Those of us who work in technical areas like to believe that because we are engaging in technical endeavors rather than social endeavors, our work is defined and predictable. This hints that we know the future. I think Scott Adams captured the thought well:
We should not be so cocky. While the technical world is more structured and predictable than other areas, it has its limits too. One can only see so far down into complexity before predictability is lost in the detail. That’s where we get so called “Heisenbugs”. Looking out to the future we can only see so far as well.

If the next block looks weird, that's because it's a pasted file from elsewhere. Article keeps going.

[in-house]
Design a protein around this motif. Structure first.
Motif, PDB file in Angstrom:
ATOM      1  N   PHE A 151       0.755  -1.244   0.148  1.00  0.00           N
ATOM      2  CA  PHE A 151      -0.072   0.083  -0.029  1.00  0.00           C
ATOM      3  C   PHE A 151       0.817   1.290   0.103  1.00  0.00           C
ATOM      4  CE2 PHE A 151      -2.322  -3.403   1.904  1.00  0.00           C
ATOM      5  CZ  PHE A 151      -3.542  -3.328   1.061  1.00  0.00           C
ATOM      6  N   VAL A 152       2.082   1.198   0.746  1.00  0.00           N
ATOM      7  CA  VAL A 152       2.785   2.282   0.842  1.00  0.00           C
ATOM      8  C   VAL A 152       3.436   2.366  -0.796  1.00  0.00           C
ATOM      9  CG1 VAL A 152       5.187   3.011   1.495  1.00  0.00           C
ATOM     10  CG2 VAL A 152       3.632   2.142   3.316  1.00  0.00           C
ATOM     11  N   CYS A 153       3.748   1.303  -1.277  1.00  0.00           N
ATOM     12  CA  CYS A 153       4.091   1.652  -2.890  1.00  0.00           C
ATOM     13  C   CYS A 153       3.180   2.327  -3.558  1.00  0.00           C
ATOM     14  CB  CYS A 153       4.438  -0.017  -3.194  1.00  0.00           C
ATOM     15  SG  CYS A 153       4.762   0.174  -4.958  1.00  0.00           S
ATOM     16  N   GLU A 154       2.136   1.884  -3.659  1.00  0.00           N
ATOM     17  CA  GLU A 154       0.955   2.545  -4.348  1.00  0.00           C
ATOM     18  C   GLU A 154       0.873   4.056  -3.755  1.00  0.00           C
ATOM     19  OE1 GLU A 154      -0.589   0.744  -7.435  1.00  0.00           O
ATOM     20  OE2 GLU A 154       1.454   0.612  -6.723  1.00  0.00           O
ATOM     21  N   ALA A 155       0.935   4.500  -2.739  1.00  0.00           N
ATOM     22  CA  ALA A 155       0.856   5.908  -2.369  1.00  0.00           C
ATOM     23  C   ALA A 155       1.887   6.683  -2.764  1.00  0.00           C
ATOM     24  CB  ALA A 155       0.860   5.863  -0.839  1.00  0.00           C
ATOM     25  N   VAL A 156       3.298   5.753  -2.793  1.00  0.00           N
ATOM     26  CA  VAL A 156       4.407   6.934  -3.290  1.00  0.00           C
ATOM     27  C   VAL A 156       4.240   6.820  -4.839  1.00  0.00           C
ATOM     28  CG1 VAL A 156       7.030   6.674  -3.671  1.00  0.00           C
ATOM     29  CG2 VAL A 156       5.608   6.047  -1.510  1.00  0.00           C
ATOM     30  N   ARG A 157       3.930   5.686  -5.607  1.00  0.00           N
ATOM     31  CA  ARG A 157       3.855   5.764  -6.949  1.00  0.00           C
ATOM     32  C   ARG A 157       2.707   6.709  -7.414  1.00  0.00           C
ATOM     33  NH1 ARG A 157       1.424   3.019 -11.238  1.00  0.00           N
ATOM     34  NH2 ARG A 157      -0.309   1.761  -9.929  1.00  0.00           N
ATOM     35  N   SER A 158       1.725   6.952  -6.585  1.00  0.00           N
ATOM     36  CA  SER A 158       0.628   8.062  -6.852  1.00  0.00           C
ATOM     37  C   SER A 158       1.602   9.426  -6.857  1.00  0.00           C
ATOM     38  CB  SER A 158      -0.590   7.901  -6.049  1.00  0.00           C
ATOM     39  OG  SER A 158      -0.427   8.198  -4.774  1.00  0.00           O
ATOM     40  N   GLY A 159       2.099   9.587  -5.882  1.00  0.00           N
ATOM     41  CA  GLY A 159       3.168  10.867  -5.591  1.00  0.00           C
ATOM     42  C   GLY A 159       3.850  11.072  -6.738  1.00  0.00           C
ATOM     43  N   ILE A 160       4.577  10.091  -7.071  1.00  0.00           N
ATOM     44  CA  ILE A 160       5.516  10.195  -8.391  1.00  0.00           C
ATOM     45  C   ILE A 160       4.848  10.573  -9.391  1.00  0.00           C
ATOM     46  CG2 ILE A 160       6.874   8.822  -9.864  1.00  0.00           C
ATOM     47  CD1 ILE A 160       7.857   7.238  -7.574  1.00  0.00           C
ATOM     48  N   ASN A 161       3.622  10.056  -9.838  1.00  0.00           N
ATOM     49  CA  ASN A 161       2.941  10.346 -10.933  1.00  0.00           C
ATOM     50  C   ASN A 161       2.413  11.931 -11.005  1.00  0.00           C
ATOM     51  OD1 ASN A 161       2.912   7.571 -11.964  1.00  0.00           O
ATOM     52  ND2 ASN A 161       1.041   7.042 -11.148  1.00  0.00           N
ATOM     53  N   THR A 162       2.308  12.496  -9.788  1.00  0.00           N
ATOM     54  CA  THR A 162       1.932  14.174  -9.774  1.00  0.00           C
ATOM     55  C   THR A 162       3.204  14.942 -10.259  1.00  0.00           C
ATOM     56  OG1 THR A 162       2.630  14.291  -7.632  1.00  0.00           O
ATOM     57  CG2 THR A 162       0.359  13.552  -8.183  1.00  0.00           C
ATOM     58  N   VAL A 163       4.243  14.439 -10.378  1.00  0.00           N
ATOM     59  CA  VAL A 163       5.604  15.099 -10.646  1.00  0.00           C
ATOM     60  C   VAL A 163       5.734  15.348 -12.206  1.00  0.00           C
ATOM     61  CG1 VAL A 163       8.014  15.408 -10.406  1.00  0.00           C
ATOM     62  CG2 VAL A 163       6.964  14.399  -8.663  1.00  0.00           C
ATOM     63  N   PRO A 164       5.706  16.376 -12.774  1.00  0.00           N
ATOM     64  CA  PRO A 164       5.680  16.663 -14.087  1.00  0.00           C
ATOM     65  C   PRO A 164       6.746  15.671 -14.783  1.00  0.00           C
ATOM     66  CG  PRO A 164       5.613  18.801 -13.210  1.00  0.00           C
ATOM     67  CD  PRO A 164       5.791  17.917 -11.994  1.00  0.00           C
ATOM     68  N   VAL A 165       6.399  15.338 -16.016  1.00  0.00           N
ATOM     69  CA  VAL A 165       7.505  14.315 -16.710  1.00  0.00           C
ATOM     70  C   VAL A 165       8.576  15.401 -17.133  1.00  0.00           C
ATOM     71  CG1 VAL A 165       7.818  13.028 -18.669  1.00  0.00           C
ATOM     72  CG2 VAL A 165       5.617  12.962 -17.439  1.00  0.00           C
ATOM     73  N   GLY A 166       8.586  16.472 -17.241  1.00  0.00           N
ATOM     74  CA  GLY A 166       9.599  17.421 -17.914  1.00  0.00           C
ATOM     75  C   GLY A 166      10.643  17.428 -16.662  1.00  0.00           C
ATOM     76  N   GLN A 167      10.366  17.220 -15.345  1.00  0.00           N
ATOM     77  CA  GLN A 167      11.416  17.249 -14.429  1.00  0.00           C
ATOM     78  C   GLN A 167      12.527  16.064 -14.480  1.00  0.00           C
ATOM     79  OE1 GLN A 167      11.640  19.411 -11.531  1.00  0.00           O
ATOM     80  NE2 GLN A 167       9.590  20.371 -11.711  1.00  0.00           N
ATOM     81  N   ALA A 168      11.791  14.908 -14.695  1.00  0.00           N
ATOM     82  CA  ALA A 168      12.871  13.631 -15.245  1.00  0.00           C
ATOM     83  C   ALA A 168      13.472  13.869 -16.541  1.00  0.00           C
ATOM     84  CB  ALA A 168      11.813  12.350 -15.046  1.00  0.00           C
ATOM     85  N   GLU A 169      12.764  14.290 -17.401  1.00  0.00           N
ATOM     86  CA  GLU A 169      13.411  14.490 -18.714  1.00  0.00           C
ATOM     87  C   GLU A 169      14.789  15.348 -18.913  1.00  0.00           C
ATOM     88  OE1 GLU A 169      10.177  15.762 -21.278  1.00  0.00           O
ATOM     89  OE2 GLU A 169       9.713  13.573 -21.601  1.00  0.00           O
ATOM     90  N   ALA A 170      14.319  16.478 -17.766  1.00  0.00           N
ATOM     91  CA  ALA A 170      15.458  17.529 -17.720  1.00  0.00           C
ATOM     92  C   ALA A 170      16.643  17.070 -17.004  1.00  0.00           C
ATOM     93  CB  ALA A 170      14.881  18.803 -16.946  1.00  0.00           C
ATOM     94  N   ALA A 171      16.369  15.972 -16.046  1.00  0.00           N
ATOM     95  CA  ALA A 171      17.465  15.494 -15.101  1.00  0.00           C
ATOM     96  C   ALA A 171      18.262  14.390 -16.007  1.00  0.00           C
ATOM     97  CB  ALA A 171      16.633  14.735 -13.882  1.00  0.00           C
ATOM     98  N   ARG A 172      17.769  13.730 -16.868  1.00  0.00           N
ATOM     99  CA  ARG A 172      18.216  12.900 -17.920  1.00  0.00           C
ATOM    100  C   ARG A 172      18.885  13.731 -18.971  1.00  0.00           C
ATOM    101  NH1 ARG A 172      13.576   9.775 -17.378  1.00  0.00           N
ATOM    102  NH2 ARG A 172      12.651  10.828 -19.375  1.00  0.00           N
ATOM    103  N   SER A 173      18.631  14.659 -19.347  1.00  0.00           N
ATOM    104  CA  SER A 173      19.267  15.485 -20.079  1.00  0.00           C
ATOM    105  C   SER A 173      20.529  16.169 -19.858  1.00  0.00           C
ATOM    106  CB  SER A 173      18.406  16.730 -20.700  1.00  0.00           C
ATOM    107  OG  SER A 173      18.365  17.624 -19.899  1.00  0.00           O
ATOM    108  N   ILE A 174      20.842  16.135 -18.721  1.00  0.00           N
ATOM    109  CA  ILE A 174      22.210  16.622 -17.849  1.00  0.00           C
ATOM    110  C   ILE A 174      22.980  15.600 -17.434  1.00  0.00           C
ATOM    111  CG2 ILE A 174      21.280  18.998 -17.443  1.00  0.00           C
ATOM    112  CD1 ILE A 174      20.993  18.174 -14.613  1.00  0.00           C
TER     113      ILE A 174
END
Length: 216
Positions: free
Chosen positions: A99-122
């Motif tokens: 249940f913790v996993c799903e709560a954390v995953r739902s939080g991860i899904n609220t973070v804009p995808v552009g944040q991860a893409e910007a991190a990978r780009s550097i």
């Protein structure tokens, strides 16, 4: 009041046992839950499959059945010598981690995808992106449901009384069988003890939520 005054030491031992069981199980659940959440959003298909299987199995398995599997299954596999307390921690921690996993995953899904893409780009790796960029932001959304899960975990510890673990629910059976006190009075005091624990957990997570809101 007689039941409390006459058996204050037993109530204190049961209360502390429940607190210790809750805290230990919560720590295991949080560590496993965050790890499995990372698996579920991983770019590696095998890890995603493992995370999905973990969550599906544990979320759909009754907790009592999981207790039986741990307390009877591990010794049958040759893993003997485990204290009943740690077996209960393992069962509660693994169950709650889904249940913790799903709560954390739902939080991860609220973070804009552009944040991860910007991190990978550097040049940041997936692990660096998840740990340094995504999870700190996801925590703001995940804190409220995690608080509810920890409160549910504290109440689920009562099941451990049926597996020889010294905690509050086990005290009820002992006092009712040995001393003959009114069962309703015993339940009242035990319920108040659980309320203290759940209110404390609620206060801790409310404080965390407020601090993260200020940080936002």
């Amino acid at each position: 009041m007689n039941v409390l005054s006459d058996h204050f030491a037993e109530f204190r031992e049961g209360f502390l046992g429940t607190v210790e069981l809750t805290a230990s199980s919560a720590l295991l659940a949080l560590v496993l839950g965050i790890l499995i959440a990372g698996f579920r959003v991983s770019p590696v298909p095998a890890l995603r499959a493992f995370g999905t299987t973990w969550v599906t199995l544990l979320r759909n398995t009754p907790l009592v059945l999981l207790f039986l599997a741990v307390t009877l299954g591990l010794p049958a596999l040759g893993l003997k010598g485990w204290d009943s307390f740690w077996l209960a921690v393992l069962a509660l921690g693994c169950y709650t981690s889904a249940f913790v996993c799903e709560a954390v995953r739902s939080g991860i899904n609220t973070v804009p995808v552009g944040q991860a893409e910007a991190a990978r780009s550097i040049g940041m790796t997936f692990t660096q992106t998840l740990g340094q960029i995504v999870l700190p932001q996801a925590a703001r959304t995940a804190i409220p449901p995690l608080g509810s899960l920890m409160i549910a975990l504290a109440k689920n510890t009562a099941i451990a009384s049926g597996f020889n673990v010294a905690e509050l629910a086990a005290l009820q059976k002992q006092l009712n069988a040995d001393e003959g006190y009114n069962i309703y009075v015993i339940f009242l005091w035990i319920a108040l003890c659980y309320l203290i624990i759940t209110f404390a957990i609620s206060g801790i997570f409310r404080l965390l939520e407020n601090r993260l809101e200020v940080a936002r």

Recently I’ve been reading The Black Swan. It is a useful reminder that the future isn’t as linear and predictable as we’d like to pretend it is. One idea that has stuck in my head is the idea that in order to take something into account that one will know in the future in one’s predictions, one must already know it. There is an inherent limit to how far we can see.
How is this relevant to distribution developers? Each time we set off to develop a new release, we make an assessment of how to best expend the available resources (our own, our company’s, our group of people we can talk into doing stuff) to make things “better”. We do the best we can, but we must always be mindful of the fact that we press forward using our best engineering judgement, but as we look into the future, eventually this is all just liquor and guessing too.